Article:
CEOs: They used to be just like us. Well, at least a lot more like us. Thirty years ago, the average chief executive of a large public company earned less than 30-times more than the typical worker. But today they rake in between 202 and 273-times the pay, as shown in the graph below from a new Economic Policy Institute paper. (The precise number depends on whether you count the stock options they’re awarded during a year towards pay, as in the light blue line, or the stock options they cash in, shown via the dark blue line.)
It’s not hard to figure out why CEO pay has bounced back as of late. The job market certainly hasn’t fully recovered from the recession, but corporate profits have been on a tear along with share prices. And since the 1980s, executive compensation has been pretty tightly correlated with the stock market’s performance. When investors do well, management does well.
The bigger question, the one you could spend many thousands of words investigating, is why CEO pay packages have become so handsome in the first place. I’m not about to offer a definitive answer to that question, but the EPI report does add an interesting wrinkle to the debate.
There are two large camps on this issue. On the one hand, you have those who believe that in a world of competing multinational corporations, CEO’s have simply become more valuable than ever. Companies are larger and generate more wealth. When executives fail—as Derek Thompson has noted—their incompetence affects more lives than perhaps ever before. Proponents of this view often note that while CEO compensation has jumped, so too have earnings for other highly talented professionals who have large sums of money riding on their abilities. In a globalized economy, skills are simply worth more than ever.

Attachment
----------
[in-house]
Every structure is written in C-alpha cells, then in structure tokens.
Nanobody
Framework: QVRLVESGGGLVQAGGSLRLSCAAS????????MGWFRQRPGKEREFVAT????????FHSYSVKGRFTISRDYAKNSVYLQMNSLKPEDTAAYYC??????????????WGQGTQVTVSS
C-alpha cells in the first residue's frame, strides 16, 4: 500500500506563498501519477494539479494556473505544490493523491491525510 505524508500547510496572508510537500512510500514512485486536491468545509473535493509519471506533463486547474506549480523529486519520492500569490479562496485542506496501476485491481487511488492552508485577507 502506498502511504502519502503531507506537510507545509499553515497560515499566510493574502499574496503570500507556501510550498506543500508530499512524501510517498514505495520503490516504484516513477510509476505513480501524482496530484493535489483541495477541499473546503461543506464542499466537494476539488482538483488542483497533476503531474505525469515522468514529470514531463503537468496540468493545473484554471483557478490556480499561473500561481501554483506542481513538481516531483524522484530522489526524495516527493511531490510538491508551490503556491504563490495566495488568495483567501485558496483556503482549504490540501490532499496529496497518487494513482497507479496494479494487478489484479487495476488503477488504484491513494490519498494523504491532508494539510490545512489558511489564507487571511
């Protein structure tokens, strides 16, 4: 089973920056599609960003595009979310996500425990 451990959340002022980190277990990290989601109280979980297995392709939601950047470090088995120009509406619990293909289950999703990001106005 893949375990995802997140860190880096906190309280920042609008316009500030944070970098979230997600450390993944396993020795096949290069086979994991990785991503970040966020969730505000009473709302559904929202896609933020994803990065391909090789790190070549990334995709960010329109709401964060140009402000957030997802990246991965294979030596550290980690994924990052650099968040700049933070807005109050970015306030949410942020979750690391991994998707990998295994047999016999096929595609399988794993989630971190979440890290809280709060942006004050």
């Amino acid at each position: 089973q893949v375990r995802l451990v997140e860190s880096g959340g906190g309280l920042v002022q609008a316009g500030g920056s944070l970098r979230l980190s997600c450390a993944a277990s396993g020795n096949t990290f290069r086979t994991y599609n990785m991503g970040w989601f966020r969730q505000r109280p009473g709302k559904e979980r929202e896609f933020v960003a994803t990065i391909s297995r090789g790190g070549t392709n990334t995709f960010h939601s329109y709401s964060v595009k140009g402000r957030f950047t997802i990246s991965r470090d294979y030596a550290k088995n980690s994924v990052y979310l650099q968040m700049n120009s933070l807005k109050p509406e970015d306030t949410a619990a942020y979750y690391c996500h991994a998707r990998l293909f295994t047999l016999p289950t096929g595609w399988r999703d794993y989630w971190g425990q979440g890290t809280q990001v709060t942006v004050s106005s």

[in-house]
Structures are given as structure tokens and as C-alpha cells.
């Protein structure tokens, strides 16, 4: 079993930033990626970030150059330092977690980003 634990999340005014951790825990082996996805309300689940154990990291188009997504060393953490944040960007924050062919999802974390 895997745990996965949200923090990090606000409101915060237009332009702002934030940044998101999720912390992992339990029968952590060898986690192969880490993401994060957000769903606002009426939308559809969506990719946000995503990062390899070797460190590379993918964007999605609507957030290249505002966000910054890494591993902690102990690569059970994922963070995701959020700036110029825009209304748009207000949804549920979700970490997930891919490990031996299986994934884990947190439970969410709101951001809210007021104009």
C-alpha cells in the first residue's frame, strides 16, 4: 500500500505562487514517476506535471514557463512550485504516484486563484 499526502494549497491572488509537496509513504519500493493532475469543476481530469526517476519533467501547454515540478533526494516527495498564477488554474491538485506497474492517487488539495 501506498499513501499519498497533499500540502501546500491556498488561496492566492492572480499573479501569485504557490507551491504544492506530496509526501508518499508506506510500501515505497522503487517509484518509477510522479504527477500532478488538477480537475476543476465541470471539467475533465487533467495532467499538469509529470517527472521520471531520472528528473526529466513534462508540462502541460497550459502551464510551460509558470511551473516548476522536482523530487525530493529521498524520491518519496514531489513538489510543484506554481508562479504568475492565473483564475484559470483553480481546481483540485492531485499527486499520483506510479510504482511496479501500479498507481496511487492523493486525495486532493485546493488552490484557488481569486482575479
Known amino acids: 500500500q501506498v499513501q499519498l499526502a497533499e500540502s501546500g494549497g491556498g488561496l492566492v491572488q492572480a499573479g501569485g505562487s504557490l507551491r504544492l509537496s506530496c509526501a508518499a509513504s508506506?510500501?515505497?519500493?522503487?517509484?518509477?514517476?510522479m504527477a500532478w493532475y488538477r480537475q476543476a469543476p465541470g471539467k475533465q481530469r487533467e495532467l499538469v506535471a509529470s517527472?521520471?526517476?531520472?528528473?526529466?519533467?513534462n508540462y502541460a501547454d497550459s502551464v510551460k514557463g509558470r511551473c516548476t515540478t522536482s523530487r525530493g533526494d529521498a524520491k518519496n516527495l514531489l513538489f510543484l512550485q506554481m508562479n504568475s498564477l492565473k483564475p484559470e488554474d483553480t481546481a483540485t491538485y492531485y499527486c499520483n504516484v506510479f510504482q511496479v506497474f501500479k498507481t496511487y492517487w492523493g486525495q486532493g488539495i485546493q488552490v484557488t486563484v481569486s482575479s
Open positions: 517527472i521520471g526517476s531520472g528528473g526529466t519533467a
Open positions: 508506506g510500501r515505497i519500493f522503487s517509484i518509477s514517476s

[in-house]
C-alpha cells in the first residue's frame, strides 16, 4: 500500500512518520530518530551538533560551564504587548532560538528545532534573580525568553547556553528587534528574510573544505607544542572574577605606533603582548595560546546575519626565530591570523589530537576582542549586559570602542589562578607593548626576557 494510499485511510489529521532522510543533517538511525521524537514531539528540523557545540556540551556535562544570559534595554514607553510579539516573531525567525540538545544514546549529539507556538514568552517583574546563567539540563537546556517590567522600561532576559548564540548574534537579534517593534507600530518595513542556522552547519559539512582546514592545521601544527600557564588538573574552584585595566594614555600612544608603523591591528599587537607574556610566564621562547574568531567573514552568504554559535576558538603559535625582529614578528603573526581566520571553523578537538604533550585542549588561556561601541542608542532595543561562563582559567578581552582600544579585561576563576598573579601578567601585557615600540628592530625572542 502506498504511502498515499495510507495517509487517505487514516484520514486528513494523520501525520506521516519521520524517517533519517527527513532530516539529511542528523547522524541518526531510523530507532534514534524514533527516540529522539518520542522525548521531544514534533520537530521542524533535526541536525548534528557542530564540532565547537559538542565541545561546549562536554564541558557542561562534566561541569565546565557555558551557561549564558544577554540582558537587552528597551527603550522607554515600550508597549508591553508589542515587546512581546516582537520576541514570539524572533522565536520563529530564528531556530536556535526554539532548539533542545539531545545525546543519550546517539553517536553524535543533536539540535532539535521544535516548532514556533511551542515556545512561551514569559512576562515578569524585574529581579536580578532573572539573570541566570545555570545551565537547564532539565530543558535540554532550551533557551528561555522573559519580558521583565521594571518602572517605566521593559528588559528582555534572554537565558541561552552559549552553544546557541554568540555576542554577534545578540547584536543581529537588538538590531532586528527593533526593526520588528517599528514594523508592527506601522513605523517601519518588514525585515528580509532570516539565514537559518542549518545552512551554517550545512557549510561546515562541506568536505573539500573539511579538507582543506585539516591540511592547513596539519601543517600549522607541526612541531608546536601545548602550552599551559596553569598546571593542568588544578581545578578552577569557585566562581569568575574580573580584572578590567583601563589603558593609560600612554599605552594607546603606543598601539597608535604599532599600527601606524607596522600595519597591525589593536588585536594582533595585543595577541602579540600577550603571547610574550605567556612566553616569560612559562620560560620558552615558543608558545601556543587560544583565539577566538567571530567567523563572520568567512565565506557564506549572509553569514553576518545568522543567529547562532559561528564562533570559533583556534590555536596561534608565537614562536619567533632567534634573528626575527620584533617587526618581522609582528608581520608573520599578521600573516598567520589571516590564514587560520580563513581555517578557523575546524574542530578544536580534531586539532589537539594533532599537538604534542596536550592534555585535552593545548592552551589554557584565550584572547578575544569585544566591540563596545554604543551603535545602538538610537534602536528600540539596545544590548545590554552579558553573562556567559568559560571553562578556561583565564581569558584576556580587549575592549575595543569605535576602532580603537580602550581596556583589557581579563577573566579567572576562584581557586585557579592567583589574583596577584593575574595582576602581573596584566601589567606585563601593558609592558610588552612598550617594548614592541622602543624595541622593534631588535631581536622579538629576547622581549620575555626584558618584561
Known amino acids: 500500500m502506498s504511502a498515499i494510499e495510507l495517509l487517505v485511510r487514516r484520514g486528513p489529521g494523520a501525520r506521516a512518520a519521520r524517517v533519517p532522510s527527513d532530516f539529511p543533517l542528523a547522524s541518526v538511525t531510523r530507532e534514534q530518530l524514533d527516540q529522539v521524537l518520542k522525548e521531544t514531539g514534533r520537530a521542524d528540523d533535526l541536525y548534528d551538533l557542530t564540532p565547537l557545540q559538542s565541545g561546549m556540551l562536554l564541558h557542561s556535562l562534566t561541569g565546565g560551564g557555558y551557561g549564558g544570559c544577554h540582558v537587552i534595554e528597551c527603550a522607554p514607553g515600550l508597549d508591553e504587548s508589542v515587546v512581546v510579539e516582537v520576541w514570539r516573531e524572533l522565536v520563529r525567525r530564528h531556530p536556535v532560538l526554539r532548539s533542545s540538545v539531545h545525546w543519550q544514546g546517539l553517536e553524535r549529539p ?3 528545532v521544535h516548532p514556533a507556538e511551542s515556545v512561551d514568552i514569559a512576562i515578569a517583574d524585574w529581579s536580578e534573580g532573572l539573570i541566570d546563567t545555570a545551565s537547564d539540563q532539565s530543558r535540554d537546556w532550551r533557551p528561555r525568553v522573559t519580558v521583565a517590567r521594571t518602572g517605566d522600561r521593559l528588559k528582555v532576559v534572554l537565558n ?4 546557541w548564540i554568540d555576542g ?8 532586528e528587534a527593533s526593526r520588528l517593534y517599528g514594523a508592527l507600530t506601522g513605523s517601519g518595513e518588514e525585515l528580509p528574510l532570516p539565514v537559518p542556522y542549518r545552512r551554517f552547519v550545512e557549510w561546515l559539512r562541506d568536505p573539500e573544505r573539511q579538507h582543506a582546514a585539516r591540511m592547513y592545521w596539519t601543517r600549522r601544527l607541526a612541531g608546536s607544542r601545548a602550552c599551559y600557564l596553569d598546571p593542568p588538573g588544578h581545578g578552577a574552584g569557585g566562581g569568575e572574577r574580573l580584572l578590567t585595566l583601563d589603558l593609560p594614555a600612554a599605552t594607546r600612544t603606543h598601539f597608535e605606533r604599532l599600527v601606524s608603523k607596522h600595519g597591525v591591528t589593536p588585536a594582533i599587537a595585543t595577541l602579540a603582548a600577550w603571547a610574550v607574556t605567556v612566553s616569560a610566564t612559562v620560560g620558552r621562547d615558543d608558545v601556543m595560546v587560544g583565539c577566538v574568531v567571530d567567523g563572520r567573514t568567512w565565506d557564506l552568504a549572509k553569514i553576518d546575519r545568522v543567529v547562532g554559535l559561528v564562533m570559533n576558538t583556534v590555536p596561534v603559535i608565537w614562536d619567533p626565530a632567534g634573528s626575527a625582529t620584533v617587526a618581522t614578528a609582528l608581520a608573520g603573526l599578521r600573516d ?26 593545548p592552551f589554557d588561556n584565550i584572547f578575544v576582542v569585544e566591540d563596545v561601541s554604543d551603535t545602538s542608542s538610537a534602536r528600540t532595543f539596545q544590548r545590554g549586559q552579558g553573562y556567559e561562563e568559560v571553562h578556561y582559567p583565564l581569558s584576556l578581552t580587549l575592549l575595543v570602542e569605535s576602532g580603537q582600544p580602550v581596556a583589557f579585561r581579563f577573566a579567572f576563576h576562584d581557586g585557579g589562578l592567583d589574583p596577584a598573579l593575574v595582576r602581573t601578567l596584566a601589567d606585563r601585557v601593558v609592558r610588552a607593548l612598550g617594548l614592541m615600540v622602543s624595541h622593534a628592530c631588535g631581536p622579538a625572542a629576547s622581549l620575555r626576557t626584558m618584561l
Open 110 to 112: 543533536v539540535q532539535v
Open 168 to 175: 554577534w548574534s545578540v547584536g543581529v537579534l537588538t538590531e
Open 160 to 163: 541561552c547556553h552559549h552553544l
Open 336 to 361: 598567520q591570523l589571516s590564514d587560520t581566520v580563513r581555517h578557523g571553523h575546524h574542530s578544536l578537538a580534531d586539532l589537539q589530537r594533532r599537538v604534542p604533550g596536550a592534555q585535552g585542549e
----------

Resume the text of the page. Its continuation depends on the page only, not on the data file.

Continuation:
The other side, which includes more liberal organizations like EPI and the Center for American Progress, tend to subscribe to a theory known as “management power.” CEO’s, they say, essentially have so much sway over their corporate boards that they can set their own pay packages, often with assistance from compliant compensation consultants. I’m simplifying a lot, but that’s the gist.
Now back to the EPI’s report. It turns out, CEOs aren’t just pulling away from average workers; they’re pulling away from the rest of the elite as well. Chief execs at large companies are now making 4.7 times what other workers in the top 0.1 percent of wage earners bring in, up from an average ratio of about 3-to-1 that prevailed through 1979. Now, I wouldn’t say this makes a slam dunk case that executives are inflating their own pay beyond reason. It might just be that, these days, CEOs are truly becoming more valuable compared to even other highly educated, highly accomplished professionals with high stakes jobs. But it does re-enforce the idea that something different is going on in the c-suite than in the rest of the economy. And whatever it is might be reason for outrage.
Jordan Weissmann is an associate editor at The Atlantic. He has written for a number of publications, including The Washington Post and The National Law Journal.
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